Never again.  I never want to sit through a 17 hour flight again.  I’ll walk and boat back to the US.  I am so bored the entire time.  Just sitting there drives me insane.  I never even watch a movie.  Although flying above the clouds and going through them is pretty.
Joburg Airport:
Welcome to South Africa, may we have your passport?
Dear US government… you can’t issue me a passport in 2015 when it’s only 2012.  And thanks to your little mistake they red flagged me, sent me through security, and scared the crap out of me.  One of my biggest fears through out the last few weeks have been airports.  For no reason I can explain, I have nightmares about them.  Needless to say, this little endeavor put me into tears.  The men in the room kept saying, “You shouldn’t cry.  It’s okay.”   It was cute (and also the only thing I could understand because their accents are so strong), but it just made me cry more.  I knew I had no reason to cry and I couldn’t stop.  I feared not being allowed into the country and losing my scholarship and not knowing what to do with the rest of my life.  And on top of it all, I couldn’t understand them, so I just looked like an idiot.  They just passed it off as a human error, and I have to find someway to fix it soon, before someone else official needs my passport.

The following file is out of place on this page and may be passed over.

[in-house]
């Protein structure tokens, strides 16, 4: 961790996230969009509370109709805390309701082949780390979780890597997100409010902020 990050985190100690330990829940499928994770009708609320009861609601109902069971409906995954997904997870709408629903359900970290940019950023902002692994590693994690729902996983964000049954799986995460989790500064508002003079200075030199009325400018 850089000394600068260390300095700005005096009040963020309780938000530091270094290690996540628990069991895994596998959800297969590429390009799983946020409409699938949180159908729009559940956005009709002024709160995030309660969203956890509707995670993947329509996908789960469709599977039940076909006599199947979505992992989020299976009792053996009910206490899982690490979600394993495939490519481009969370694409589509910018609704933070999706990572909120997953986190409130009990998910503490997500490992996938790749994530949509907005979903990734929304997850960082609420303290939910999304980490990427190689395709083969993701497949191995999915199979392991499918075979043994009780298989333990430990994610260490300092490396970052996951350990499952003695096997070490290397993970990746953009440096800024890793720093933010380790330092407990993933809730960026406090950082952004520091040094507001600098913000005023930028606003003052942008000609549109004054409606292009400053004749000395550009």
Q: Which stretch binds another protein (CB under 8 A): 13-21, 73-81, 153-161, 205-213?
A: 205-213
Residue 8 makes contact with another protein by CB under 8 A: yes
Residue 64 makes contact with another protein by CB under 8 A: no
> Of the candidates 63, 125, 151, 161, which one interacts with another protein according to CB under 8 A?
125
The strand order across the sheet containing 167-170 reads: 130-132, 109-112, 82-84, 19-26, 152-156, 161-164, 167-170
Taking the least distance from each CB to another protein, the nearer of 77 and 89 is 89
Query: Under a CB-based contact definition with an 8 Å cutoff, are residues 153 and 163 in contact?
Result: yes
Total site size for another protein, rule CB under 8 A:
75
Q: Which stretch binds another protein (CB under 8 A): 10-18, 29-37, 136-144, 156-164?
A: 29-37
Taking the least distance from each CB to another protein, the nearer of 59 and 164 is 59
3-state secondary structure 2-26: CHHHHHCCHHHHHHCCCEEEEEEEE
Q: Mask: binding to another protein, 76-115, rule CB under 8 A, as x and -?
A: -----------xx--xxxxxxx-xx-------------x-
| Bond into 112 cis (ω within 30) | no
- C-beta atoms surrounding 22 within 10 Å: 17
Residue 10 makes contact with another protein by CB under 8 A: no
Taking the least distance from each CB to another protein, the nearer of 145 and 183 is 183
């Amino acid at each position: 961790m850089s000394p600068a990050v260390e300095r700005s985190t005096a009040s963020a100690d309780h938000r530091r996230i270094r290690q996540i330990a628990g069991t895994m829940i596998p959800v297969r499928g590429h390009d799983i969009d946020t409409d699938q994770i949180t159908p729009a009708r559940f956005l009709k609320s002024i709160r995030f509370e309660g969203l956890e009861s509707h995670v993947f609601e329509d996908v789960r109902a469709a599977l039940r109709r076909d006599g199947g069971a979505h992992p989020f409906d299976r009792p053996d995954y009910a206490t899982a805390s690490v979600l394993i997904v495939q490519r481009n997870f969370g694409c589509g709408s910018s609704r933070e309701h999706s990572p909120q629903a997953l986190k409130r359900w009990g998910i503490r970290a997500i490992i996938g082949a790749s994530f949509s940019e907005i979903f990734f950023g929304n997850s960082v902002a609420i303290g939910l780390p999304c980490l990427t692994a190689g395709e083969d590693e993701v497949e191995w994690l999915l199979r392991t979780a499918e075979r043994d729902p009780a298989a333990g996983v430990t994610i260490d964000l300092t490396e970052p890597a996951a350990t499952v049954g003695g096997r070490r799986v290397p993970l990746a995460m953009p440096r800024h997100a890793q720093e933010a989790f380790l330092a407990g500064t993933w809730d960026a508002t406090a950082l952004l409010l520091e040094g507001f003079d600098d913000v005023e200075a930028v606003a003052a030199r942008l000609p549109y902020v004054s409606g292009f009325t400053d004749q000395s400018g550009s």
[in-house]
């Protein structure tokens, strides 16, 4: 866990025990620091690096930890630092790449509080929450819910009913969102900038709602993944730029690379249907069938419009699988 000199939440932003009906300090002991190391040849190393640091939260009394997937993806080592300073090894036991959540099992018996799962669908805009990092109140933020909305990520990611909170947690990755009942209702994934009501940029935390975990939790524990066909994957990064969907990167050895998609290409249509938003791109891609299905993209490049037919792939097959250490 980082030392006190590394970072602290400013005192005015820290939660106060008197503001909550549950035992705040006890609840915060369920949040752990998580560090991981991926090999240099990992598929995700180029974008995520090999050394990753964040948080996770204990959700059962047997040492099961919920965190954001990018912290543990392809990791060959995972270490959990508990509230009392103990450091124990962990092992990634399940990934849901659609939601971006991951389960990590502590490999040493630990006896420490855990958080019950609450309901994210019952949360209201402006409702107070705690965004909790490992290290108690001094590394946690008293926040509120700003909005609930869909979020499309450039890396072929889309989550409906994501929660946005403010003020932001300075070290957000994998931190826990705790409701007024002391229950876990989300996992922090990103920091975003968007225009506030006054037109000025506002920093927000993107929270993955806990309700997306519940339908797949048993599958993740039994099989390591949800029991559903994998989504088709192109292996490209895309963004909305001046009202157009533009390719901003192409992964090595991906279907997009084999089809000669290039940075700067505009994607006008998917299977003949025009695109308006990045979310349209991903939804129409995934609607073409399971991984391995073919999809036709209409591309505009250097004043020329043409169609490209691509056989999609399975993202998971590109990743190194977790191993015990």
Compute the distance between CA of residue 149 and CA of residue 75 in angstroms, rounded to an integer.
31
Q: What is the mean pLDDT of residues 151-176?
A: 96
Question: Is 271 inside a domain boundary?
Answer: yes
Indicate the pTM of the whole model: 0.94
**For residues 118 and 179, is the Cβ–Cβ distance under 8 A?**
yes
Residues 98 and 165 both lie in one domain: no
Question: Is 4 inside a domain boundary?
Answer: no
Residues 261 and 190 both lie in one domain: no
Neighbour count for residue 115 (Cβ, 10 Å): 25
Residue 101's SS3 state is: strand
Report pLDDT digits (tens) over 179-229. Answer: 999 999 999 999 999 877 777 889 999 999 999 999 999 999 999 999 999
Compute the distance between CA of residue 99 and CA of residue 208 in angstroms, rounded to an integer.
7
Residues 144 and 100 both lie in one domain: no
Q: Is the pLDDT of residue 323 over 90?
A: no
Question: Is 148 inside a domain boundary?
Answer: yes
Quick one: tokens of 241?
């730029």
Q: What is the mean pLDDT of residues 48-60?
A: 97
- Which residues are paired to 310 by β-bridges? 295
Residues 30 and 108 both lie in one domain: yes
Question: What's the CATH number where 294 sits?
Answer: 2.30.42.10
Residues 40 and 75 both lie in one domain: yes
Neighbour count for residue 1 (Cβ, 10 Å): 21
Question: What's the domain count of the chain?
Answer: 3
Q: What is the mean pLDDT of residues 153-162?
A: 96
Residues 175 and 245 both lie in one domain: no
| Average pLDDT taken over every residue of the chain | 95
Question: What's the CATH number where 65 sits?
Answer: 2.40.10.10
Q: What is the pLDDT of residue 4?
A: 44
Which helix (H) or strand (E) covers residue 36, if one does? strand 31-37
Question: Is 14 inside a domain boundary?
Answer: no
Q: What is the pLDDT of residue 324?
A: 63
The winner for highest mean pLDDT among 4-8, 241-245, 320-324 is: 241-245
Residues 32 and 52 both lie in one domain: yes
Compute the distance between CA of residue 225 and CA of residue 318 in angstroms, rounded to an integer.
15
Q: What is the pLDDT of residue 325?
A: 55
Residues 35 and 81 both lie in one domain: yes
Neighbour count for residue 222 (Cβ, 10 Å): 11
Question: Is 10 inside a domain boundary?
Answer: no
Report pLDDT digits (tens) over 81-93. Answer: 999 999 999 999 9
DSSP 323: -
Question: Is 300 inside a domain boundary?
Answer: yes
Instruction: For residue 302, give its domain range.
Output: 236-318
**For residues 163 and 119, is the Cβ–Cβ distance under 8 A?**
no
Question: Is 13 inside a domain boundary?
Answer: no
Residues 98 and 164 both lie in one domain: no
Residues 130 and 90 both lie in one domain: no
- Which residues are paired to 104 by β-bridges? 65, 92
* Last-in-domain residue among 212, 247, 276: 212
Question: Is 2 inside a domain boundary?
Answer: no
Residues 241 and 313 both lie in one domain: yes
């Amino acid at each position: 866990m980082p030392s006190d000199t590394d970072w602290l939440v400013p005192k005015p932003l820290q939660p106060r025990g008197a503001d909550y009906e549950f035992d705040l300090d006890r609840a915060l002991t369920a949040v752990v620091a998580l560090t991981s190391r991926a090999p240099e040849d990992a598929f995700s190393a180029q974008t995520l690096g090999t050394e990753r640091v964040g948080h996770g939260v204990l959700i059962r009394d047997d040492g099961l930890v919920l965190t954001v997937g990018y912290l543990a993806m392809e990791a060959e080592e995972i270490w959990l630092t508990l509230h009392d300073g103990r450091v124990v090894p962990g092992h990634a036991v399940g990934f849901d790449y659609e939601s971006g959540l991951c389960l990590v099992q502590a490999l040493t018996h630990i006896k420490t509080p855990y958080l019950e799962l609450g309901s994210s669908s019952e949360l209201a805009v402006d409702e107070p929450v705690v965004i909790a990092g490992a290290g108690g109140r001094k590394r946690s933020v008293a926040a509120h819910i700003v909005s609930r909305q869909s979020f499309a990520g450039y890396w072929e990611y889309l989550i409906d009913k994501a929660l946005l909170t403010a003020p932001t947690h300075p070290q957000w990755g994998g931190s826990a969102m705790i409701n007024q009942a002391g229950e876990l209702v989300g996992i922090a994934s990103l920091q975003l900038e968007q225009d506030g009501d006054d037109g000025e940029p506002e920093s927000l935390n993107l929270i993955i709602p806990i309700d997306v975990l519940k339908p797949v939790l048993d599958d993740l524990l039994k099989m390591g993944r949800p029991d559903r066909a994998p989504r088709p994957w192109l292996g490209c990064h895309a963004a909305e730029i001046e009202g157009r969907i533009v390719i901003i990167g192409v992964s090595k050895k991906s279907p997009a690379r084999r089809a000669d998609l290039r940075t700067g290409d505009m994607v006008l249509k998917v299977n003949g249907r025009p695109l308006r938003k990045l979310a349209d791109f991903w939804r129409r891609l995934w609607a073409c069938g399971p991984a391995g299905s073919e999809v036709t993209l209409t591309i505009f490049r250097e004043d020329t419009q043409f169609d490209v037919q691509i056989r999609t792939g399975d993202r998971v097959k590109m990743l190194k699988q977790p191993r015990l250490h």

At this point, it hit me.  Mainly because I really wanted to call my friends and family and have them support me.  I wanted to tell them the VISA story.  And I realized that they’d be reading it somewhere or they’d hear it in four months.  It took a while for the tears to stop. =(
I bought myself an ice cream treat after that.  And coffee.  The ice cream was good, and the chocolate bar in it was really good.  The coffee was crap.  No amount of creamers or sugar could make it taste better.  Oh, and they have coins that are 2 Rand.  The currency here is fun.
I fell asleep waiting by my gate.  I know I said I didn’t want to fly again, but I just want out of this airport so bad that I really want to be on this next flight.
Flight 3:
Short is an understatement.  By the time we’re seated and SAA hands out a full meal and cleaning up, we’ve landed.  I tried the plane’s coffee.  It’s just as bad as the airport’s coffee.  Maybe South African coffee is just bad.
Durban Airport:
Seven hour wait.  The rest of the Americans will show up and then we have an hour trip to the school.  Then my traveling here is over.
I went to the ‘toilet’ (they don’t call them restrooms) and hit my head really hard on the door.  Ouch.  I made a friend though!  He also goes to UKZN, but on a different campus.  He was picking up people for a conference.  After a little while I started understanding his accent.  He says it’s hard to understand American accents because they’re fast.
I slept during most of this lay over.  I just slept sitting down, laying my head on my luggage, which was sitting in front of me.
Interstudy finally showed up.  I was worried when they weren’t there at 8:10 and the American I knew coming here hadn’t gotten off the plane yet.  They were there a few minutes later.  And we were on our way!  Let the adventures begin.
Sarah Caulkins, DUSA Blogger

The Ultimate Decision